| false -> ()
    | true ->
        baz := false
        Bytes.set_inplace 0 '\0' bar

We didn’t need to see the function body to know what is going on. The function signature tells us that the input will be mutated (!&bytes) when the function executes and that additional module-level state will be mutated (>mut->).

We can even track that the input is not mutated during function application, but during a later time as in the application of an encapsulating closure.

val bar: &bytes -> (unit >!&bytes-> uns)

Calling bar by itself does not mutate anything. Calling the returned closure does. Knowing during which function applications mutation occurs provides us valuable information about what can be reordered or parallelized.

let a = Bytes.of_string "I'm a little teapot"
# Reordering or parallelizing via work stealing the
# following 3 calls is valid (though these simple
# functions would likely execute before they can be
# stolen).
let b = bar a
let c = bar a
let d = bar a

# Reordering or parallelizing via work stealing the
# following 3 calls is not valid.
let b = b ()
let c = c ()
let d = d ()

Knowing what will be mutated makes it possible for us to identify work stealing opportunities just by knowing function signatures. It’s extremely easy to implement in the Hemlock compiler and we’re allowed to be very aggressive about it.

Side effects

Some functions don’t mutate any data inside the Hemlock runtime, but have other side effects that must be executed in the correct order or exclusively. Two such side effects are hlt (input may cause the actor to halt) and os (the function interacts with the operating system, and we must assume mutation external to the process).

Using the Hemlock translation of the example in rule #2 at the beginning of this post, we can see how the {hlt|os} set of effects keeps us from reordering or parallelizing function applications that must be run in sequence.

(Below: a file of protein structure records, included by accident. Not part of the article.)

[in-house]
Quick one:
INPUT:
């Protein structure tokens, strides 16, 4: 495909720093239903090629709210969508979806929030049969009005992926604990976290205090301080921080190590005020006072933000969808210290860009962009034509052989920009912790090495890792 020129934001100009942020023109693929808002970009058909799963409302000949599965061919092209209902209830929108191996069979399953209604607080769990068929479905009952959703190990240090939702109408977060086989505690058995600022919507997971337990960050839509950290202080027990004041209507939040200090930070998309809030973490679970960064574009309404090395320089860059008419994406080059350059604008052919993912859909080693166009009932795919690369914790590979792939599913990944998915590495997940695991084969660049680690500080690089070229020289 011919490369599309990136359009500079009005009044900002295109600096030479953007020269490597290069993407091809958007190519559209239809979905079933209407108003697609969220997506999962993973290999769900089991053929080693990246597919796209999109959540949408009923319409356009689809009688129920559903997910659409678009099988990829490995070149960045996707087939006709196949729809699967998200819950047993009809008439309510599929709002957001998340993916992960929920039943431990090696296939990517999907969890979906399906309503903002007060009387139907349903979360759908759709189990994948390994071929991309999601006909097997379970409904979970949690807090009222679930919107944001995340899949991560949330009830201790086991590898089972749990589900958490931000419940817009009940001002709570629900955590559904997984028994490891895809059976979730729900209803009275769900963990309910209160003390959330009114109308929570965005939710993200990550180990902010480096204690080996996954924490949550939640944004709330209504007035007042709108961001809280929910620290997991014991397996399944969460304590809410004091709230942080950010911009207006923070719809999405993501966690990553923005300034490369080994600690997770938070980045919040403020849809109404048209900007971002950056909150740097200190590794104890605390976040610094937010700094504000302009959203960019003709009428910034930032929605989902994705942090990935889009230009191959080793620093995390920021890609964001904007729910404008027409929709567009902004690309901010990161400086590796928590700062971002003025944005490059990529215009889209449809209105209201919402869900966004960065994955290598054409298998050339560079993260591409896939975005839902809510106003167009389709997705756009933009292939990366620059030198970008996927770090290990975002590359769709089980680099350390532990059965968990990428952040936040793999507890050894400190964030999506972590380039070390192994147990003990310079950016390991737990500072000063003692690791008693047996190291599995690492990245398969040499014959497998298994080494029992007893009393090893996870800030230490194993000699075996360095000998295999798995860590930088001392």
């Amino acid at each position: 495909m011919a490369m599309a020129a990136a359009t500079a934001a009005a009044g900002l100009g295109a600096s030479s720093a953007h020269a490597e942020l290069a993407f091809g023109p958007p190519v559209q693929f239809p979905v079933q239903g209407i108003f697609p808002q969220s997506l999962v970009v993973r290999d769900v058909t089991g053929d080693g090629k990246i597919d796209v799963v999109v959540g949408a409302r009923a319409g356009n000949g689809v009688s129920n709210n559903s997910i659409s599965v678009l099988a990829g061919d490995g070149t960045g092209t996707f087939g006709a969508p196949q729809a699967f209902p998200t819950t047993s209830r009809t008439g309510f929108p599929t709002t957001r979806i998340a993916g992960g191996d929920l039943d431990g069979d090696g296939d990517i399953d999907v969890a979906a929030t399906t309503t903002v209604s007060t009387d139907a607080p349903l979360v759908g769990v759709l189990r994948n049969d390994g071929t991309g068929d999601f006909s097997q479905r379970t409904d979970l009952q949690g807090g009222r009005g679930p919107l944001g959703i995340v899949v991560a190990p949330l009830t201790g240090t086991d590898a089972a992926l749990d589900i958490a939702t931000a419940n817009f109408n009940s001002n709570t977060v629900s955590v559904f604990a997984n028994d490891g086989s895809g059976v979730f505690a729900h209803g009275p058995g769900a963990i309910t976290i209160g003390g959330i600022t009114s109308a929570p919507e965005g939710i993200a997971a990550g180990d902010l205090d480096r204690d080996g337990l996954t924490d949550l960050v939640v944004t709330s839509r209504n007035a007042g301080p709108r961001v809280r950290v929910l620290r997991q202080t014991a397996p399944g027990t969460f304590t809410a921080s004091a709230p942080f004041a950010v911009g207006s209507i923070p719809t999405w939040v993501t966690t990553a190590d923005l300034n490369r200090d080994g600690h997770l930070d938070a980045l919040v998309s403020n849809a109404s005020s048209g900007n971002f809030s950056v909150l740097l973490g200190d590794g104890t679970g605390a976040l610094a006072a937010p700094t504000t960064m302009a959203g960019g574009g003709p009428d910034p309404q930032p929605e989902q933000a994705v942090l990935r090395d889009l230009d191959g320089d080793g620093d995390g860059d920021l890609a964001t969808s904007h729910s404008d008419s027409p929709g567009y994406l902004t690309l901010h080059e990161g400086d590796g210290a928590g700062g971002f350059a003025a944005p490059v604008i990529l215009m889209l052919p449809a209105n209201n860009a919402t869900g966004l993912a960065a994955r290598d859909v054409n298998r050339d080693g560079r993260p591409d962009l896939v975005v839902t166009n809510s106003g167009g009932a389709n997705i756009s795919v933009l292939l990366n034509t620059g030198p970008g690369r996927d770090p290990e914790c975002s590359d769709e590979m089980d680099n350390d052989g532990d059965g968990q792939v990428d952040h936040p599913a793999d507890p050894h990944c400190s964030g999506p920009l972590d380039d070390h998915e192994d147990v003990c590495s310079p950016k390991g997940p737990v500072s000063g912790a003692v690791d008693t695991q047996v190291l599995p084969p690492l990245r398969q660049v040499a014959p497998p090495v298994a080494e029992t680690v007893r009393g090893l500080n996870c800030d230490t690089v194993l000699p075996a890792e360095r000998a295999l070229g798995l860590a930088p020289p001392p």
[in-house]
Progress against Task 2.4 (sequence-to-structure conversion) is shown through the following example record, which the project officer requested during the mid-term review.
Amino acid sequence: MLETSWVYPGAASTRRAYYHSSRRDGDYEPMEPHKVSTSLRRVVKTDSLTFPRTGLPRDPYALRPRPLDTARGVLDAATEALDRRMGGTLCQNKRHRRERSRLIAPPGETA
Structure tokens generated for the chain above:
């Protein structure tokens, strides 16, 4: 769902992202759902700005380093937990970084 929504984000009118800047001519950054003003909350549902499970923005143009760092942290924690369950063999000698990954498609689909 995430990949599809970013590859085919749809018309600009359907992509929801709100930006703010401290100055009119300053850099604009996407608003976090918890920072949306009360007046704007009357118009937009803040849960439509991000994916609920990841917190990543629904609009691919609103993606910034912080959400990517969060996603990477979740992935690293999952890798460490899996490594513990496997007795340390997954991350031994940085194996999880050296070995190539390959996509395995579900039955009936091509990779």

# val write_hlt: _&slice _&bytes -> File.t >{hlt|os}-> unit
# val seek_hd_hlt: uns -> File.t >{hlt|os}-> unit
# val read_into_hlt: !&slice !&bytes -> File.t >{hlt|os}-> unit

let contents = Slice.of_container
  (Bytes.of_string "File contents to write and then read.\n")
write_hlt contents f
seek_hd_hlt 0 f
let buf = Slice.of_container (Bytes.init 1024 ~f:(_ -> '\0'))
read_into_hlt buf f
write_hlt buf File.stdout

Only the read_into_hlt function mutates any data, but every statement must happen in sequence and without being reordered for this code snippet to run as intended.

What exactly can be stolen?

I spent a lot of time showing things that can’t be stolen in this blog post. Here is the punch-line. Any function application with no mutation (e.g. !&t) or side effects (e.g. >os->) can be computed in parallel with any other pure function application that comes before or after it. There is, quite honestly, a lot of work that can be stolen. As demonstrated by the reduce example in the Work Stealing - Intro blog post, there are some pretty fundamental, ubiquitous coding patterns that have great work stealing opportunities. Hemlock is going to find them and take them.